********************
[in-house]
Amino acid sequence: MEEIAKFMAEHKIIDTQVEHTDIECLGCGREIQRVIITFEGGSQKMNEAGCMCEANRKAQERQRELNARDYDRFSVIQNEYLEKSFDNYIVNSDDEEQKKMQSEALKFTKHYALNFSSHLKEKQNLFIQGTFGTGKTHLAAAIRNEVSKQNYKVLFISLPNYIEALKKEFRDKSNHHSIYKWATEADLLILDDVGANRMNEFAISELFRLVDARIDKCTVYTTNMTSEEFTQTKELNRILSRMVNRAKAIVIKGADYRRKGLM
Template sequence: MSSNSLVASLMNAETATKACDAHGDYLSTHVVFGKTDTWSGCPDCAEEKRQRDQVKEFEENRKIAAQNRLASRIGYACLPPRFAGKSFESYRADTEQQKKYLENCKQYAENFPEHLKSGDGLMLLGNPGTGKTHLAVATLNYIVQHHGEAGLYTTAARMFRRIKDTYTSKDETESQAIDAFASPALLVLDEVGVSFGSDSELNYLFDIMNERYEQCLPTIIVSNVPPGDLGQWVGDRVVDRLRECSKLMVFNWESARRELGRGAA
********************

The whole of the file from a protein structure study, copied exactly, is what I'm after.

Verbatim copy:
[in-house]
Amino acid sequence: MEEIAKFMAEHKIIDTQVEHTDIECLGCGREIQRVIITFEGGSQKMNEAGCMCEANRKAQERQRELNARDYDRFSVIQNEYLEKSFDNYIVNSDDEEQKKMQSEALKFTKHYALNFSSHLKEKQNLFIQGTFGTGKTHLAAAIRNEVSKQNYKVLFISLPNYIEALKKEFRDKSNHHSIYKWATEADLLILDDVGANRMNEFAISELFRLVDARIDKCTVYTTNMTSEEFTQTKELNRILSRMVNRAKAIVIKGADYRRKGLM
Template sequence: MSSNSLVASLMNAETATKACDAHGDYLSTHVVFGKTDTWSGCPDCAEEKRQRDQVKEFEENRKIAAQNRLASRIGYACLPPRFAGKSFESYRADTEQQKKYLENCKQYAENFPEHLKSGDGLMLLGNPGTGKTHLAVATLNYIVQHHGEAGLYTTAARMFRRIKDTYTSKDETESQAIDAFASPALLVLDEVGVSFGSDSELNYLFDIMNERYEQCLPTIIVSNVPPGDLGQWVGDRVVDRLRECSKLMVFNWESARRELGRGAA